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An installation in the Blue Zone on day two of the COP28 climate conference at Expo City in Dubai, UAE, on Dec. 1, 2023.
Annie Sakkab/=—Bloomberg/Getty Images

It’s been a record-setting year.

Between last year’s United Nations Climate Change Conference and COP28 that started this week, climate change has hit particularly hard. It has stoked raging wildfires in Canada, a record-breaking hurricane in Mexico, drought and flooding in Africa, deadly heat waves in India, Europe, and the U.S., and so much more. The last 12 months have been the planet’s hottest in recorded history.

But underlying all the destruction is an important source of hope: none of the headlines tying these disasters to climate change would have been possible without dramatic advances in the relatively young field known as attribution science, which provides an evidentiary basis for linking human activity to climate change impacts. As COP28 kicks off, it’s essential to keep in mind the role of attribution science as a tool not only to show why we need to shut down climate pollution, but also to identify the unequal effects of global heating, and catalyze efforts to address them. To focus our efforts on the most impacted—a central subject this year, thanks to the recent agreement to create a “loss and damage fund” for the most vulnerable countries—we need to close the attribution data gaps between developed and developing worlds.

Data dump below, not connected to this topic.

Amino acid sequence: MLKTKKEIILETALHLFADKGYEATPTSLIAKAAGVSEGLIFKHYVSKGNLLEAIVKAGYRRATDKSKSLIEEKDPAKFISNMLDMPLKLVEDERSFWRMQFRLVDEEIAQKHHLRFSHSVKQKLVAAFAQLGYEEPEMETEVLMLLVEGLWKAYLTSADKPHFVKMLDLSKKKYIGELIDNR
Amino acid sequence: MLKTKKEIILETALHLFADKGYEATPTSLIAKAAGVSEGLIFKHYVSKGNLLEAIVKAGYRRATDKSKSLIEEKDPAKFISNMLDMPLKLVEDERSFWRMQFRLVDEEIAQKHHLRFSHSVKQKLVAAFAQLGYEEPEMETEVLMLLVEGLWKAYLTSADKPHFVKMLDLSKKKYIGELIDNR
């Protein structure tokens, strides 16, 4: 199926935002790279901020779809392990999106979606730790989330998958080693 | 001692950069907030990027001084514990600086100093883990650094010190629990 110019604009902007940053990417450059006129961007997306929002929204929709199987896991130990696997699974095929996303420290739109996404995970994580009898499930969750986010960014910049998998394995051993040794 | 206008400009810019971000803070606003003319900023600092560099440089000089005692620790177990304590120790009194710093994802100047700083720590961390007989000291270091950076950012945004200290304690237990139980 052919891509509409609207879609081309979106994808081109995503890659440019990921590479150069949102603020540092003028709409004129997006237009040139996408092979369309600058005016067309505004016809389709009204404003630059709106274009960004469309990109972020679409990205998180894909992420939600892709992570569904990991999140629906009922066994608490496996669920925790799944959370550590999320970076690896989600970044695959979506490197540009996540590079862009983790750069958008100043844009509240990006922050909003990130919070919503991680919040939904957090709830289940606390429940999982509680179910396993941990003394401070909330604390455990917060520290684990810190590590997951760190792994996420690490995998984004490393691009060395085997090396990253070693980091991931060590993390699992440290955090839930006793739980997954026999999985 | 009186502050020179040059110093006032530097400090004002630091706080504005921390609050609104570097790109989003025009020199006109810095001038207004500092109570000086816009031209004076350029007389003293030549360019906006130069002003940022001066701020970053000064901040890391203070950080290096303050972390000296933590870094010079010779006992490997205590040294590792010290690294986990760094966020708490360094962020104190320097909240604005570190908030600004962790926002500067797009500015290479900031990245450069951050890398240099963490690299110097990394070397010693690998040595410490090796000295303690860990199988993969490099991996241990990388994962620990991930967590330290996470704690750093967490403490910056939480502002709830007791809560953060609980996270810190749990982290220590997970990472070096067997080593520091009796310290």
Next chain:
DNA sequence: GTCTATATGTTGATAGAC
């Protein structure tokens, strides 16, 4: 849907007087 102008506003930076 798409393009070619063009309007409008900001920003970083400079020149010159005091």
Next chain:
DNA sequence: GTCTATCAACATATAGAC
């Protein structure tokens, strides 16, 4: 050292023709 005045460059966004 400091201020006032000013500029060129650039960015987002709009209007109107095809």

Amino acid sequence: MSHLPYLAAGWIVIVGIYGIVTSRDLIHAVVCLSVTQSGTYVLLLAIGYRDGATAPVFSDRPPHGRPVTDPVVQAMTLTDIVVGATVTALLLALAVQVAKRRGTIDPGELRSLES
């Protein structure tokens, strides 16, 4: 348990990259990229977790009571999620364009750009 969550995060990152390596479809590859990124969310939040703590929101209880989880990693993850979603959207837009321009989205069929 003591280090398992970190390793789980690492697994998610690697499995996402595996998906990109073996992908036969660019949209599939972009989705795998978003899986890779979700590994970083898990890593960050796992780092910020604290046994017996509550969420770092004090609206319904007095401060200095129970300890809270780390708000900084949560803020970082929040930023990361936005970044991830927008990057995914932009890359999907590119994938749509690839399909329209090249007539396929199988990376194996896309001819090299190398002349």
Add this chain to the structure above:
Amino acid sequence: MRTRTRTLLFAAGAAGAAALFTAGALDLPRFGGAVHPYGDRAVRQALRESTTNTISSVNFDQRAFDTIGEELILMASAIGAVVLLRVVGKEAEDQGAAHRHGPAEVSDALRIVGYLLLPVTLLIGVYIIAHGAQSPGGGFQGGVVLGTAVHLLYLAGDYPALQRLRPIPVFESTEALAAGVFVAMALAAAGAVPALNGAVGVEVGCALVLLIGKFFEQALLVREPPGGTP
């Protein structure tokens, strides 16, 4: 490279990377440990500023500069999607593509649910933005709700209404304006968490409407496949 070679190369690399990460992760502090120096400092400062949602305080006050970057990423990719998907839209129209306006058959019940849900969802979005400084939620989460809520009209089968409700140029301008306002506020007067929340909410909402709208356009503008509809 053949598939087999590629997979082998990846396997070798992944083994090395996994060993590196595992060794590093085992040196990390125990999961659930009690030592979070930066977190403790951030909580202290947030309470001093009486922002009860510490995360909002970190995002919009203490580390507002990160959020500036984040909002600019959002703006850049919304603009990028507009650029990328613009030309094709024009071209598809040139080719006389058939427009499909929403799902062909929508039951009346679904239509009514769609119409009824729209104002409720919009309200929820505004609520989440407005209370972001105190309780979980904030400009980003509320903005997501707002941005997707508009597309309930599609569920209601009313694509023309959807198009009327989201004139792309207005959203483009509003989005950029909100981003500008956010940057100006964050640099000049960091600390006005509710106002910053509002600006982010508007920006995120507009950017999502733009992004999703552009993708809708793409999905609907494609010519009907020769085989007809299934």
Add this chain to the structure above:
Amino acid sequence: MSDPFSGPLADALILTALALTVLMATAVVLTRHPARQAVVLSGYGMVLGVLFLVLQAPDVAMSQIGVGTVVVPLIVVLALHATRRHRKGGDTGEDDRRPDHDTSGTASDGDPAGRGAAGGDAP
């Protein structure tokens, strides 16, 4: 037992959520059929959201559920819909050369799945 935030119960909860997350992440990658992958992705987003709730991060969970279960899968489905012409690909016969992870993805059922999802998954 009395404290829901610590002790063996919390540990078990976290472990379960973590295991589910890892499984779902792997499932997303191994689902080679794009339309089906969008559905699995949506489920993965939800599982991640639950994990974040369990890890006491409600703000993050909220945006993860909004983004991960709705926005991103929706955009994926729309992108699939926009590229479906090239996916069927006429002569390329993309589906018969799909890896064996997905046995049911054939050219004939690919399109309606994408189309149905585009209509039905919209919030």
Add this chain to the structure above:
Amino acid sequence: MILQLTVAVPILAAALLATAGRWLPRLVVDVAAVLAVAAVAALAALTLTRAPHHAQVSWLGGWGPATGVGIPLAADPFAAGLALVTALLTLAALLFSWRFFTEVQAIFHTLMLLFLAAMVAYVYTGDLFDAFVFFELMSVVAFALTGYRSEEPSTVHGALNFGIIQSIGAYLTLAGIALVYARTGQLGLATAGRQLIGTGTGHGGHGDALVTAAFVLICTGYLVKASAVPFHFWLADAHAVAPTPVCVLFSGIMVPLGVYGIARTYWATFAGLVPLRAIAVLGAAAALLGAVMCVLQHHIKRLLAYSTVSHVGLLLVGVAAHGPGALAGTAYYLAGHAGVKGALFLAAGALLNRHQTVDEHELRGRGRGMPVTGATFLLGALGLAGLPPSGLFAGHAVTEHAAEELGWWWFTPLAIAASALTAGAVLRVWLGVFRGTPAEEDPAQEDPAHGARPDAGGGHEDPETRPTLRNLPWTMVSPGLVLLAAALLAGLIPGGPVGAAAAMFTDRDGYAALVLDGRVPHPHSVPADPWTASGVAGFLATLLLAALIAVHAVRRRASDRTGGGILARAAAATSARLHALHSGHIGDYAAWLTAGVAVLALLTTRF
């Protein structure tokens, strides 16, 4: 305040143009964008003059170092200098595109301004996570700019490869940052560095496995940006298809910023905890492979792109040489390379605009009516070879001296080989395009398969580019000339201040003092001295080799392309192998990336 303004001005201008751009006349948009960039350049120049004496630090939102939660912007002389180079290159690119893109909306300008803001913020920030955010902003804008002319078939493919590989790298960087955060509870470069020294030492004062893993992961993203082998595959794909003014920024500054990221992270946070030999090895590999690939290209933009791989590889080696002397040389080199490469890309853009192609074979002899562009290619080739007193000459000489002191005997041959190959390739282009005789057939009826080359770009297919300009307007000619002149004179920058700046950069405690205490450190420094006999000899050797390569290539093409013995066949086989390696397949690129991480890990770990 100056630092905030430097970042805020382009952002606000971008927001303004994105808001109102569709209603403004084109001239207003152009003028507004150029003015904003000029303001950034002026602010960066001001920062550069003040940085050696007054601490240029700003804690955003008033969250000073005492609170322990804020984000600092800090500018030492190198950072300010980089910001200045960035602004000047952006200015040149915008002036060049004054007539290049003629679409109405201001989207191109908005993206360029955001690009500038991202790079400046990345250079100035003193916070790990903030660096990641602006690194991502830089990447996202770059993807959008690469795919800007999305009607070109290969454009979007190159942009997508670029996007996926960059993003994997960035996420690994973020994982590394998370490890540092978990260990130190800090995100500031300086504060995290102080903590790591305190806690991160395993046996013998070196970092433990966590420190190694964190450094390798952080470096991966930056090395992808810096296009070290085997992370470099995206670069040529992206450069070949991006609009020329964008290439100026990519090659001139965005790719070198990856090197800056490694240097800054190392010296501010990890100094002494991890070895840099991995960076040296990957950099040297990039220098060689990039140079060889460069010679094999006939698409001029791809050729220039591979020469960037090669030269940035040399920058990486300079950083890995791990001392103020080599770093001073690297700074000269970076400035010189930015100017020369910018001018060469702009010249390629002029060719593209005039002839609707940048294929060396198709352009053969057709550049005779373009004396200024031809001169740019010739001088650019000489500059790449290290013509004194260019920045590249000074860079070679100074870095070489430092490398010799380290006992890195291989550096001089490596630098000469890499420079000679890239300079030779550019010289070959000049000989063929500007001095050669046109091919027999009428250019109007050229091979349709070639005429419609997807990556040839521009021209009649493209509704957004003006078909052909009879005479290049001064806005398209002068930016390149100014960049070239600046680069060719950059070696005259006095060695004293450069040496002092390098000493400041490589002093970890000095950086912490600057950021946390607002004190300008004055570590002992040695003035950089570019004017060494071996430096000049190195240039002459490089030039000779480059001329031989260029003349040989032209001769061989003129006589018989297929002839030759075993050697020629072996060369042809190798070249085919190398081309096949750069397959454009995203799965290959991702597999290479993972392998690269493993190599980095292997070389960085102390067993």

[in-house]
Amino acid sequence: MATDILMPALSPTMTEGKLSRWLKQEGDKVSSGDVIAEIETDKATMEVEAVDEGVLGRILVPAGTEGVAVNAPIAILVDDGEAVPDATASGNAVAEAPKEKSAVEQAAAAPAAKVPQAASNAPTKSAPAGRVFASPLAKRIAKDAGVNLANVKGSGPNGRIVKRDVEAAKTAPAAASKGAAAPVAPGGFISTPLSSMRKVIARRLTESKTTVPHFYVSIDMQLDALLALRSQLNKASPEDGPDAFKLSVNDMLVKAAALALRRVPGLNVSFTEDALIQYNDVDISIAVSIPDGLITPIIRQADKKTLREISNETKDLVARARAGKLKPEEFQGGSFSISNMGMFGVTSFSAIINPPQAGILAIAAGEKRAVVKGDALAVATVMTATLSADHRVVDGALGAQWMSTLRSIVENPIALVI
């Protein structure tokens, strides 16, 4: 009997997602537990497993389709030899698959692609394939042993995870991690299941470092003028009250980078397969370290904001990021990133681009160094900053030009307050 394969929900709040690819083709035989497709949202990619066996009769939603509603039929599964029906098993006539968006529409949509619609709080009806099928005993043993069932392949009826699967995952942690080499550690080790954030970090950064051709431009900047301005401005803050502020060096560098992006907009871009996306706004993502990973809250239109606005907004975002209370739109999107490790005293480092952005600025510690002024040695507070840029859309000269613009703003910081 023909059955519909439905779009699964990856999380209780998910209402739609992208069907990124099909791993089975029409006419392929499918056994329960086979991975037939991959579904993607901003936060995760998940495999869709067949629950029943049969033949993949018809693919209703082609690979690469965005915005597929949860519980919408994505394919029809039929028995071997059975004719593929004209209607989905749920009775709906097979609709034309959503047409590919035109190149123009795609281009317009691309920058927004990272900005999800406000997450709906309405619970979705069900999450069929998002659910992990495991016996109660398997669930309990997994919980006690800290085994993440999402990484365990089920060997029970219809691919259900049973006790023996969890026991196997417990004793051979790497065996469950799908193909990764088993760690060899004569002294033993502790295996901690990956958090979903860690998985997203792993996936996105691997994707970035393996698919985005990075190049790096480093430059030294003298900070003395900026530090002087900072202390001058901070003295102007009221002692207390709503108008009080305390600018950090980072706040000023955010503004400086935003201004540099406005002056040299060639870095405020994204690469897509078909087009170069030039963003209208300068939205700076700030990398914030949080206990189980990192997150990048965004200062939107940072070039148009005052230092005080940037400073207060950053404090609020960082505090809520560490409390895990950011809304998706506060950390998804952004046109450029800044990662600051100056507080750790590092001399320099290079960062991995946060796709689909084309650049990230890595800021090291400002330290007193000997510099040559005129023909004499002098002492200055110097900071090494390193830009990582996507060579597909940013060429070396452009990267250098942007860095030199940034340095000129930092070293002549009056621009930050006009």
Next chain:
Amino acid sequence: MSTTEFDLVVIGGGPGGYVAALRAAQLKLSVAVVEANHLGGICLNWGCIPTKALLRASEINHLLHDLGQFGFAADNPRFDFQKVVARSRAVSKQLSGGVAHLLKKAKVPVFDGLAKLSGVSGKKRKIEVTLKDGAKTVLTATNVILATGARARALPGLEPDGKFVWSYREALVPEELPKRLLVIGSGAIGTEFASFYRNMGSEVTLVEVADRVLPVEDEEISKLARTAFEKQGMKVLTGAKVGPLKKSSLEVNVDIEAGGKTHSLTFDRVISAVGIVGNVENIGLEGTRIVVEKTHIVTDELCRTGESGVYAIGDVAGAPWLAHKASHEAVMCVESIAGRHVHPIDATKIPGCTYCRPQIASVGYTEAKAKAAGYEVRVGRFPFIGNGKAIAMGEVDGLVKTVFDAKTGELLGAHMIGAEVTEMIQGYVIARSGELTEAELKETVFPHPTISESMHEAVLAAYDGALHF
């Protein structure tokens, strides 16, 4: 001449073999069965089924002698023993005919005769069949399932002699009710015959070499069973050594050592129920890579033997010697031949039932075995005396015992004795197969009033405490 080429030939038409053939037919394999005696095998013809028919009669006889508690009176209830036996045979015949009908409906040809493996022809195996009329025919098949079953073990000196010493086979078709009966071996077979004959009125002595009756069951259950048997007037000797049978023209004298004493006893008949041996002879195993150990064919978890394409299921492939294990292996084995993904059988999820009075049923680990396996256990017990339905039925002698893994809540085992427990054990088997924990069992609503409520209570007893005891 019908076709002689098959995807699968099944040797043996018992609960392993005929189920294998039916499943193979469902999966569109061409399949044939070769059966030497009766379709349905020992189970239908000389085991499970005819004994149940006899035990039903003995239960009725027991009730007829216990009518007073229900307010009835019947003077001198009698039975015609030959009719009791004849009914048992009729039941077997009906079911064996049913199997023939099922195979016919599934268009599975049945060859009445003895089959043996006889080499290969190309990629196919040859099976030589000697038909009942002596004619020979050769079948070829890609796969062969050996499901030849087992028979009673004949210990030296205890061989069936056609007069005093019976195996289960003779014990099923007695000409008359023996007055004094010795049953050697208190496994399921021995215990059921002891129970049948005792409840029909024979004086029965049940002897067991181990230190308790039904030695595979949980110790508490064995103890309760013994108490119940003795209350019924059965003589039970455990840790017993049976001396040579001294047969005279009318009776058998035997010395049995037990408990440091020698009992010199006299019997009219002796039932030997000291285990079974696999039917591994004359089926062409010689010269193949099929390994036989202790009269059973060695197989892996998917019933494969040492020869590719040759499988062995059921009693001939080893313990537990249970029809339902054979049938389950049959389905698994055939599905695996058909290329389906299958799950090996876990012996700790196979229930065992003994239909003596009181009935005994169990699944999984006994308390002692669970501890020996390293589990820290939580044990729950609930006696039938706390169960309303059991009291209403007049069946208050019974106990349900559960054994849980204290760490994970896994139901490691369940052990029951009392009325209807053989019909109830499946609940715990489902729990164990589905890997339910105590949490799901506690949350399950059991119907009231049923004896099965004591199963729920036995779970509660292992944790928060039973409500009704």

Attribution science relies on meticulously constructing an imaginary world where humans never polluted the atmosphere by burning coal, gas and oil. Scientists then compare that cooler alternative universe to our actual one, in which human activity has overheated the planet, and ask to what extent different weather events were more likely to occur because of the increase in global average temperatures. The first attempt to link climate change to extreme weather was a 2004 report examining a European heat wave the summer before.

Since then, scientists have honed their methods and pursued hundreds more studies. World Weather Attribution, an international collaborative co-founded in 2014 by scientists at Climate Central, Oxford University, the Red Cross/Red Crescent Climate Centre and others, pioneered the practice of attributing certain extreme events to climate change within days, instead of the usual academic cycle of months to years. Scientists have also expanded attribution to cover more climate impacts over time, such as sea level rise and related economic losses, or even to implicate a particular polluter, whether a country or a company. In one example, a Dutch court ordered Shell to reduce greenhouse gas emissions 45 percent by 2030, relying on source attribution in the decision.

Last year, a new advance in attribution, pioneered by Climate Central, allowed scientists to make attributions in real time—and even in the forecast. The Climate Shift Index makes climate change personal and specific instead of global, distant and abstract. Anyone, anywhere in the world, can log on and see how much more likely—or less likely—the day’s local temperatures are, because of human-driven climate change. Earlier this month, Climate Central used those daily assessments to tabulate climate fingerprints in 921 cities and 175 countries across these last 12 record-hottest months.